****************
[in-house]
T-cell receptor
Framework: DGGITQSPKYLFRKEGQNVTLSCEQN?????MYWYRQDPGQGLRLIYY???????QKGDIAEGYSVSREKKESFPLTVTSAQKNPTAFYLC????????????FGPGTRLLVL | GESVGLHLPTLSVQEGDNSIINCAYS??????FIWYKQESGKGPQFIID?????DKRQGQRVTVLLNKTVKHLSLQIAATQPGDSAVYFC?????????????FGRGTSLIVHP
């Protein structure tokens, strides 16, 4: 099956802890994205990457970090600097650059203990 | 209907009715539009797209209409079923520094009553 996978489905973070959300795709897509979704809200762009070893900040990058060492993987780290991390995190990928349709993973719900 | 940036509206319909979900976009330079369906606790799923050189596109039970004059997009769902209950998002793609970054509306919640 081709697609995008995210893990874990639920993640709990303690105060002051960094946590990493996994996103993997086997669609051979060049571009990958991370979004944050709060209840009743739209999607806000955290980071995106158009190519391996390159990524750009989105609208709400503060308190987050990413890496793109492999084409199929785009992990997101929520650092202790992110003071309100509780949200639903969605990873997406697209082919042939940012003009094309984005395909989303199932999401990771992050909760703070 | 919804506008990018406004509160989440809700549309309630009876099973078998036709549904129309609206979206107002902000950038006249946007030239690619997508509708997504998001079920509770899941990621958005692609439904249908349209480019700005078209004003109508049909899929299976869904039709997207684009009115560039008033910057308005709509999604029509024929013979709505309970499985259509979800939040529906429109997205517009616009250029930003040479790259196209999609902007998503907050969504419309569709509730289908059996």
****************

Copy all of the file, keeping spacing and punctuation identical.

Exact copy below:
[in-house]
T-cell receptor
Framework: DGGITQSPKYLFRKEGQNVTLSCEQN?????MYWYRQDPGQGLRLIYY???????QKGDIAEGYSVSREKKESFPLTVTSAQKNPTAFYLC????????????FGPGTRLLVL | GESVGLHLPTLSVQEGDNSIINCAYS??????FIWYKQESGKGPQFIID?????DKRQGQRVTVLLNKTVKHLSLQIAATQPGDSAVYFC?????????????FGRGTSLIVHP
């Protein structure tokens, strides 16, 4: 099956802890994205990457970090600097650059203990 | 209907009715539009797209209409079923520094009553 996978489905973070959300795709897509979704809200762009070893900040990058060492993987780290991390995190990928349709993973719900 | 940036509206319909979900976009330079369906606790799923050189596109039970004059997009769902209950998002793609970054509306919640 081709697609995008995210893990874990639920993640709990303690105060002051960094946590990493996994996103993997086997669609051979060049571009990958991370979004944050709060209840009743739209999607806000955290980071995106158009190519391996390159990524750009989105609208709400503060308190987050990413890496793109492999084409199929785009992990997101929520650092202790992110003071309100509780949200639903969605990873997406697209082919042939940012003009094309984005395909989303199932999401990771992050909760703070 | 919804506008990018406004509160989440809700549309309630009876099973078998036709549904129309609206979206107002902000950038006249946007030239690619997508509708997504998001079920509770899941990621958005692609439904249908349209480019700005078209004003109508049909899929299976869904039709997207684009009115560039008033910057308005709509999604029509024929013979709505309970499985259509979800939040529906429109997205517009616009250029930003040479790259196209999609902007998503907050969504419309569709509730289908059996």